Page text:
Wow! The next track is a real departure for Tim. All full of angst and pent up rage, Kill The Pain That’s Killing You opens with frantic drum beat and a caustic guitar riff. There’s a real nervous energy about this song, a pleading uneasiness that has a real catchy note to it. Tim’s vocal seems more direct and urgent and that acerbic guitar note really does make you sit up and take notice. The staccato chorus only adds to the offbeat tone, this is something very different and enjoyably so and, coming in at under four minutes, this frenetic song never outstays its welcome.
After that unexpected but thoroughly enjoyable onslaught,Nowhere Good To Go sees us return to the refined, simple grace of the first two tracks but there is definitely something evolved about Tim’s sound on this album. Soothing and tranquil, the music seems to lull you into a becalmed state and then open up into something just a little different with the dulcet tones of a Hammond organ combining with the strings to add subtle sophistication to what is already quite an imposing sound. Again the vocals are delivered with silken finesse and the ethereal flute adds a winsome feeling to this lissome song.
There is one of the best openings to any recent progressive song on You’ll Be The Silence. All pastoral with a lovely piano sound and the delicate heavenly flute, it really did impress me on first listen and left me transfixed with its rarefied quality. Tim’s voice has a little catch to it, an almost sentimental regret at the heart of it and it gives the song a dreamlike atmosphere when combined with the simple charms of the wistful music. The longest track on the album at nine minutes long, you are enraptured throughout this unapologetically sentimental and yet slightly rueful piece of music. You have to take the time to listen to this song (and, indeed, the whole album) with a decent pair of headphones on and just become immersed in its spellbinding orchestral reverence. Music as good as this can take you to a place of calm reflection, where the world cannot harm you and everyone needs that now and again, an utterly captivating song that ends every bit as brilliantly as it begins, the guitar and flute leading you on a seductive voyage home…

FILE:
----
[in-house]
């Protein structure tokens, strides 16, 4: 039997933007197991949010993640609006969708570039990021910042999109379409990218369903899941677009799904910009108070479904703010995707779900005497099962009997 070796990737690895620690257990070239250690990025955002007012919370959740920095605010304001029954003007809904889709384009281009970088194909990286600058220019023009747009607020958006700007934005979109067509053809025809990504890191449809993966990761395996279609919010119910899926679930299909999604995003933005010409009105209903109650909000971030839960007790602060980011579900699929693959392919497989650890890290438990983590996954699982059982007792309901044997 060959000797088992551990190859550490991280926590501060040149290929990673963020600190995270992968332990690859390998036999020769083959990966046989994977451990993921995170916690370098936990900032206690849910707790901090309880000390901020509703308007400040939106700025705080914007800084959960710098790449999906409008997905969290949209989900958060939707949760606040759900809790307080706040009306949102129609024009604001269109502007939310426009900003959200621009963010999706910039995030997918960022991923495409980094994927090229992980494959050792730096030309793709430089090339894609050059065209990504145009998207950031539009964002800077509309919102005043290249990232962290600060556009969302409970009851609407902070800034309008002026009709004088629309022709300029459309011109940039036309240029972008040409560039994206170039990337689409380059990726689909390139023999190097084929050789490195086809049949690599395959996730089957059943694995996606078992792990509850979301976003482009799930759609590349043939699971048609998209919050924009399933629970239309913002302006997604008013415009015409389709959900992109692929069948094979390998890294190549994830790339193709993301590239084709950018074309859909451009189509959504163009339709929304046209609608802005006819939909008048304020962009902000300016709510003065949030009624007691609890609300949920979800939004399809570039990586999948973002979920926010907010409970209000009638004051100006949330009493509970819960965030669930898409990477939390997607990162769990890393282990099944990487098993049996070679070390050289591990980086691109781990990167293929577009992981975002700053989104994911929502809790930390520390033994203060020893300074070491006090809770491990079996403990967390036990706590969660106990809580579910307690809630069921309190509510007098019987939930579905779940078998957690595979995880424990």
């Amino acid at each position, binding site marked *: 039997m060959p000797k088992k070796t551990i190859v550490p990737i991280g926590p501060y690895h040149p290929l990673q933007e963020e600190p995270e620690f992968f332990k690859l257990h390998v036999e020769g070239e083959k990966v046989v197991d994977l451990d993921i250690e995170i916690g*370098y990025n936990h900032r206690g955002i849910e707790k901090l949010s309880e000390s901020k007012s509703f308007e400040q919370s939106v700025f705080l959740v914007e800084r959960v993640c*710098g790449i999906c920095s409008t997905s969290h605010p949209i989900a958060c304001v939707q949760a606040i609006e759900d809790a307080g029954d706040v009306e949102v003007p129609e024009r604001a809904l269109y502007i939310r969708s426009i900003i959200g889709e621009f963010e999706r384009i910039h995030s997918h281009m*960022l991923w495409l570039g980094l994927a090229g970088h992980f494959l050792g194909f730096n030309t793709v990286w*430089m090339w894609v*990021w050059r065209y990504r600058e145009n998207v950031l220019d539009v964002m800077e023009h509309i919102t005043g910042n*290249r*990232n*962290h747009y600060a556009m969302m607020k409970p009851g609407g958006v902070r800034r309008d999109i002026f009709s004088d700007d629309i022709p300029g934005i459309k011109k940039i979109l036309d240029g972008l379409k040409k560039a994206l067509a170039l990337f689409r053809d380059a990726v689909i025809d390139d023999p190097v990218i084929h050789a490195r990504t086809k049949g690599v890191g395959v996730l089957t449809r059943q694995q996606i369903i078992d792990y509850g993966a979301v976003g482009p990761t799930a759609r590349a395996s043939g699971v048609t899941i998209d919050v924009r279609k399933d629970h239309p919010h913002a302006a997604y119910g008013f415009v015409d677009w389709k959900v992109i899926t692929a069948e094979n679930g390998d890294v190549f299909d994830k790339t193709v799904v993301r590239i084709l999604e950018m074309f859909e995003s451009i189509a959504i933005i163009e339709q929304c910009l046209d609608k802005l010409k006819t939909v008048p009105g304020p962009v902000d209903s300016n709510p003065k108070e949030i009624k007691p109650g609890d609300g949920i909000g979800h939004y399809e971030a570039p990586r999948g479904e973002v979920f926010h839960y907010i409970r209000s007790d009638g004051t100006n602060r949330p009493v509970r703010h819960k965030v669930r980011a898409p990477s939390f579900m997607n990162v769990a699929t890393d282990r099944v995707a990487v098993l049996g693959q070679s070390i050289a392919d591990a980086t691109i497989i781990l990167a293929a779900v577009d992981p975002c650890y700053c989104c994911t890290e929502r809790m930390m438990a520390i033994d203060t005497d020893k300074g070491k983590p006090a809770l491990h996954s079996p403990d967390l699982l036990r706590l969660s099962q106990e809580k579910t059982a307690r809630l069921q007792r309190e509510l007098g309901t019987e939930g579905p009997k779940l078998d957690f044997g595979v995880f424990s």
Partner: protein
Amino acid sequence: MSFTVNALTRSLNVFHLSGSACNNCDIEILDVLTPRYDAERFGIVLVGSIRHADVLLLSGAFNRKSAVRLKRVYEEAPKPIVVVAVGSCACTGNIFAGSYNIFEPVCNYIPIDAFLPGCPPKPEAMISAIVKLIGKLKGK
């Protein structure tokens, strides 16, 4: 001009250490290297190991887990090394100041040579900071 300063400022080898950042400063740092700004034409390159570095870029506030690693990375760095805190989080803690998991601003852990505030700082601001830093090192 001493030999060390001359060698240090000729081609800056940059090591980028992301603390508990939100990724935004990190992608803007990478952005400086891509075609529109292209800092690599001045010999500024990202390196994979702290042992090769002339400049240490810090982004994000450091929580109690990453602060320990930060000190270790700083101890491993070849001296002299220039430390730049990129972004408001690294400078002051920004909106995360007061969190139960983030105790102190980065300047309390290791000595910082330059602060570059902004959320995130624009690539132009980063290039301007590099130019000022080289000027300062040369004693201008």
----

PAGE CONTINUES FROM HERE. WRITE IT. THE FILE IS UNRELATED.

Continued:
Lost In The Ghost Light is quite a dark interlude with a menacing undertone. Tim delivers his vocal in a spoken word fashion and that adds even more suspense and uncertainty. The music is atmospheric and bleeds tension directly into your system.
That slight feeling of doubt can be felt at the start of You Wanted To Be Seen and adds to a cautionary tone to deliver a deliberately pensive and sombre tone to the song. Tim’s vocal is thoughtful and sad and the music has a plaintive and pensive edge to it. The violin that can be heard in the background is a fine touch and adds a longing, surreal edge to the track before things change tack with a restless and skittish air that adds tension and a disquieting unease. Another great song that has an imposing end with some great guitar playing.
Onto the final track of the album, Distant Summers, a mournful violin opens this mellow and cultured song and imbues it with a really plaintive plea for days gone by, Sepia tinged nostalgia drips from every wistful note and the exquisite flute playing is tempered by a trite ennui. The vocals have a touch of anguish at the core of them and the whole song has a fragile dignity deep at its core, one that is made up of beauty and remorse in equal quantities. Despite the forlorn mood that runs throughout the song, I still feel that there is hope emanating from Tim’s expressive voice and that is the overriding feeling that I will take away with me.
I’ve always been a fan of Tim Bowness and this new album has only exacerbated that. He has added something different and distinct to his music to evolve and progress it to something that, while recognisable as his work, has seen him mature into one of the best and most involving progressive artists that we have. There are added layers and nuances that just lift this album above similar fare on offer at the moment and I can see this being on my playlist for a long time to come.